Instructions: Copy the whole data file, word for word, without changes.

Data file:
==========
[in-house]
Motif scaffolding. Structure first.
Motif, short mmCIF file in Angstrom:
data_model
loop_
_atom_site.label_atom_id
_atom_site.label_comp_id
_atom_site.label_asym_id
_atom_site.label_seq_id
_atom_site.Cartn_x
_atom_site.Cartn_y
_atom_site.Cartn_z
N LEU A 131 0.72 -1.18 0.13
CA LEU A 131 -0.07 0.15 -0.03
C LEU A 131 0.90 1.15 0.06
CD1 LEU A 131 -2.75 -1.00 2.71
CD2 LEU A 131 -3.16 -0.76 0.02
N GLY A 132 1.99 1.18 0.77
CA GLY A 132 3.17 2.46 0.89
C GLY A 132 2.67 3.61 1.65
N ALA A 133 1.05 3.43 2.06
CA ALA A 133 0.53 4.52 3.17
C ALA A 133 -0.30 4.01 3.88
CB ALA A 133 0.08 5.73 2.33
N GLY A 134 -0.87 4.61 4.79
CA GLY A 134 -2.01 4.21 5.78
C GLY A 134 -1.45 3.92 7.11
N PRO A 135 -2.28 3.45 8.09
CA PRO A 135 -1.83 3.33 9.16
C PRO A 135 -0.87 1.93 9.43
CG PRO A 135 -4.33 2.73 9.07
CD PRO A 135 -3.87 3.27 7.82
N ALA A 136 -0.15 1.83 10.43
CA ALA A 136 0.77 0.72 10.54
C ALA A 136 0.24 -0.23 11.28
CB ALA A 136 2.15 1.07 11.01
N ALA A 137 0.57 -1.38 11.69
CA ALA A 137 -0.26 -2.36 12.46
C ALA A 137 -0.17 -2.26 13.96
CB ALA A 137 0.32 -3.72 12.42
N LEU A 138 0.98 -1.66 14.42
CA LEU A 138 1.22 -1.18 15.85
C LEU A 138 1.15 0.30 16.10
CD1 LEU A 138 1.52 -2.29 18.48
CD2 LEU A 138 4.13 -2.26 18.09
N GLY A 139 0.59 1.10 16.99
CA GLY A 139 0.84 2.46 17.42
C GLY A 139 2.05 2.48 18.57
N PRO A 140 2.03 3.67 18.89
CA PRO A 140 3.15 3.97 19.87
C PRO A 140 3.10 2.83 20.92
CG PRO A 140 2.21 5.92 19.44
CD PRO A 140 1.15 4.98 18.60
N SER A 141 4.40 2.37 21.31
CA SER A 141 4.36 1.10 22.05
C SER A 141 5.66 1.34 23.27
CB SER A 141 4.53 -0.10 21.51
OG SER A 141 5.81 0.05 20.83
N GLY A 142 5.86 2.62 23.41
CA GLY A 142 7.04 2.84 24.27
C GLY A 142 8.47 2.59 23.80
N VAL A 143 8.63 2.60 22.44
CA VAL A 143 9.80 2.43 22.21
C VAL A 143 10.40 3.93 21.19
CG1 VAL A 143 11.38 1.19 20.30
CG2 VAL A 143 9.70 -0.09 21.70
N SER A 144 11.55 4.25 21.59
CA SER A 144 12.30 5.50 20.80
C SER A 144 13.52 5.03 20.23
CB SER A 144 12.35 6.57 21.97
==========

[in-house]
Motif scaffolding. Structure first.
Motif, short mmCIF file in Angstrom:
data_model
loop_
_atom_site.label_atom_id
_atom_site.label_comp_id
_atom_site.label_asym_id
_atom_site.label_seq_id
_atom_site.Cartn_x
_atom_site.Cartn_y
_atom_site.Cartn_z
N LEU A 131 0.72 -1.18 0.13
CA LEU A 131 -0.07 0.15 -0.03
C LEU A 131 0.90 1.15 0.06
CD1 LEU A 131 -2.75 -1.00 2.71
CD2 LEU A 131 -3.16 -0.76 0.02
N GLY A 132 1.99 1.18 0.77
CA GLY A 132 3.17 2.46 0.89
C GLY A 132 2.67 3.61 1.65
N ALA A 133 1.05 3.43 2.06
CA ALA A 133 0.53 4.52 3.17
C ALA A 133 -0.30 4.01 3.88
CB ALA A 133 0.08 5.73 2.33
N GLY A 134 -0.87 4.61 4.79
CA GLY A 134 -2.01 4.21 5.78
C GLY A 134 -1.45 3.92 7.11
N PRO A 135 -2.28 3.45 8.09
CA PRO A 135 -1.83 3.33 9.16
C PRO A 135 -0.87 1.93 9.43
CG PRO A 135 -4.33 2.73 9.07
CD PRO A 135 -3.87 3.27 7.82
N ALA A 136 -0.15 1.83 10.43
CA ALA A 136 0.77 0.72 10.54
C ALA A 136 0.24 -0.23 11.28
CB ALA A 136 2.15 1.07 11.01
N ALA A 137 0.57 -1.38 11.69
CA ALA A 137 -0.26 -2.36 12.46
C ALA A 137 -0.17 -2.26 13.96
CB ALA A 137 0.32 -3.72 12.42
N LEU A 138 0.98 -1.66 14.42
CA LEU A 138 1.22 -1.18 15.85
C LEU A 138 1.15 0.30 16.10
CD1 LEU A 138 1.52 -2.29 18.48
CD2 LEU A 138 4.13 -2.26 18.09
N GLY A 139 0.59 1.10 16.99
CA GLY A 139 0.84 2.46 17.42
C GLY A 139 2.05 2.48 18.57
N PRO A 140 2.03 3.67 18.89
CA PRO A 140 3.15 3.97 19.87
C PRO A 140 3.10 2.83 20.92
CG PRO A 140 2.21 5.92 19.44
CD PRO A 140 1.15 4.98 18.60
N SER A 141 4.40 2.37 21.31
CA SER A 141 4.36 1.10 22.05
C SER A 141 5.66 1.34 23.27
CB SER A 141 4.53 -0.10 21.51
OG SER A 141 5.81 0.05 20.83
N GLY A 142 5.86 2.62 23.41
CA GLY A 142 7.04 2.84 24.27
C GLY A 142 8.47 2.59 23.80
N VAL A 143 8.63 2.60 22.44
CA VAL A 143 9.80 2.43 22.21
C VAL A 143 10.40 3.93 21.19
CG1 VAL A 143 11.38 1.19 20.30
CG2 VAL A 143 9.70 -0.09 21.70
N SER A 144 11.55 4.25 21.59
CA SER A 144 12.30 5.50 20.80
C SER A 144 13.52 5.03 20.23
CB SER A 144 12.35 6.57 21.97